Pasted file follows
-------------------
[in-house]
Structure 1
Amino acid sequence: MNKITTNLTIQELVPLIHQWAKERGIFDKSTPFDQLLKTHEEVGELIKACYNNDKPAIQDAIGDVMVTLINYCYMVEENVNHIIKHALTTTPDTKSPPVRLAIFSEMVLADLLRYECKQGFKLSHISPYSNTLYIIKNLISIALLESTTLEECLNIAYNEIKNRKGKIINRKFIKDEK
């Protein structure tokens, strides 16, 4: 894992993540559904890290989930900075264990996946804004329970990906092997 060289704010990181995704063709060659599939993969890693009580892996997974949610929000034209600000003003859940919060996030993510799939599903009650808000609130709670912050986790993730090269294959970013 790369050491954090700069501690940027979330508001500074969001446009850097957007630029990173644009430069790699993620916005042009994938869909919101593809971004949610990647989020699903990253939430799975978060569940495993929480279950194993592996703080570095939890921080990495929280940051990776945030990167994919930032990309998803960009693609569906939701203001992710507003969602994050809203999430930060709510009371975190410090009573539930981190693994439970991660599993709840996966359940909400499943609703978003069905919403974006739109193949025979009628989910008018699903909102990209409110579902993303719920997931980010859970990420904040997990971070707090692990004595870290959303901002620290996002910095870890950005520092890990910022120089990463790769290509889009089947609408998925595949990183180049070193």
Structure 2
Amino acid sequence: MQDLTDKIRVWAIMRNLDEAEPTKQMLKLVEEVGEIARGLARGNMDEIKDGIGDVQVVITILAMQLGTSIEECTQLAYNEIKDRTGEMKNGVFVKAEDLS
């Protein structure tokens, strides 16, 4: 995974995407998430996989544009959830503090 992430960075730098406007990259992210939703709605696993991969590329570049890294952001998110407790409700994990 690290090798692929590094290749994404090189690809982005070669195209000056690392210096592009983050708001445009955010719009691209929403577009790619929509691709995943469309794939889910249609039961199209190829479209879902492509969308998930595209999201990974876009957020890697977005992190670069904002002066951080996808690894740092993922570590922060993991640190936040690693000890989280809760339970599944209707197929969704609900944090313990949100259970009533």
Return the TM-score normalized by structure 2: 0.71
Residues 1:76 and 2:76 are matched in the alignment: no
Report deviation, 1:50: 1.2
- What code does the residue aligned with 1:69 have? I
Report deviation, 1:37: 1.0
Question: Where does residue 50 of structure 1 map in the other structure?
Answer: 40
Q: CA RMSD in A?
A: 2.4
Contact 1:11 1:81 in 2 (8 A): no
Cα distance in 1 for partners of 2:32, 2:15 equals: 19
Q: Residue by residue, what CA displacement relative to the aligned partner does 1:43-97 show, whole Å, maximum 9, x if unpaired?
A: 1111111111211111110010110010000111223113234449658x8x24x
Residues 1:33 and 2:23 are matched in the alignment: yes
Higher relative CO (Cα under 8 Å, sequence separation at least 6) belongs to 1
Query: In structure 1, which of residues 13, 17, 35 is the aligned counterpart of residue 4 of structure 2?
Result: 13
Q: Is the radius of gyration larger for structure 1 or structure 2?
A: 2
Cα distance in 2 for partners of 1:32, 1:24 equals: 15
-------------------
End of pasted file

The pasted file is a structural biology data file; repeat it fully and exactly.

[in-house]
Structure 1
Amino acid sequence: MNKITTNLTIQELVPLIHQWAKERGIFDKSTPFDQLLKTHEEVGELIKACYNNDKPAIQDAIGDVMVTLINYCYMVEENVNHIIKHALTTTPDTKSPPVRLAIFSEMVLADLLRYECKQGFKLSHISPYSNTLYIIKNLISIALLESTTLEECLNIAYNEIKNRKGKIINRKFIKDEK
């Protein structure tokens, strides 16, 4: 894992993540559904890290989930900075264990996946804004329970990906092997 060289704010990181995704063709060659599939993969890693009580892996997974949610929000034209600000003003859940919060996030993510799939599903009650808000609130709670912050986790993730090269294959970013 790369050491954090700069501690940027979330508001500074969001446009850097957007630029990173644009430069790699993620916005042009994938869909919101593809971004949610990647989020699903990253939430799975978060569940495993929480279950194993592996703080570095939890921080990495929280940051990776945030990167994919930032990309998803960009693609569906939701203001992710507003969602994050809203999430930060709510009371975190410090009573539930981190693994439970991660599993709840996966359940909400499943609703978003069905919403974006739109193949025979009628989910008018699903909102990209409110579902993303719920997931980010859970990420904040997990971070707090692990004595870290959303901002620290996002910095870890950005520092890990910022120089990463790769290509889009089947609408998925595949990183180049070193």
Structure 2
Amino acid sequence: MQDLTDKIRVWAIMRNLDEAEPTKQMLKLVEEVGEIARGLARGNMDEIKDGIGDVQVVITILAMQLGTSIEECTQLAYNEIKDRTGEMKNGVFVKAEDLS
């Protein structure tokens, strides 16, 4: 995974995407998430996989544009959830503090 992430960075730098406007990259992210939703709605696993991969590329570049890294952001998110407790409700994990 690290090798692929590094290749994404090189690809982005070669195209000056690392210096592009983050708001445009955010719009691209929403577009790619929509691709995943469309794939889910249609039961199209190829479209879902492509969308998930595209999201990974876009957020890697977005992190670069904002002066951080996808690894740092993922570590922060993991640190936040690693000890989280809760339970599944209707197929969704609900944090313990949100259970009533």
Return the TM-score normalized by structure 2: 0.71
Residues 1:76 and 2:76 are matched in the alignment: no
Report deviation, 1:50: 1.2
- What code does the residue aligned with 1:69 have? I
Report deviation, 1:37: 1.0
Question: Where does residue 50 of structure 1 map in the other structure?
Answer: 40
Q: CA RMSD in A?
A: 2.4
Contact 1:11 1:81 in 2 (8 A): no
Cα distance in 1 for partners of 2:32, 2:15 equals: 19
Q: Residue by residue, what CA displacement relative to the aligned partner does 1:43-97 show, whole Å, maximum 9, x if unpaired?
A: 1111111111211111110010110010000111223113234449658x8x24x
Residues 1:33 and 2:23 are matched in the alignment: yes
Higher relative CO (Cα under 8 Å, sequence separation at least 6) belongs to 1
Query: In structure 1, which of residues 13, 17, 35 is the aligned counterpart of residue 4 of structure 2?
Result: 13
Q: Is the radius of gyration larger for structure 1 or structure 2?
A: 2
Cα distance in 2 for partners of 1:32, 1:24 equals: 15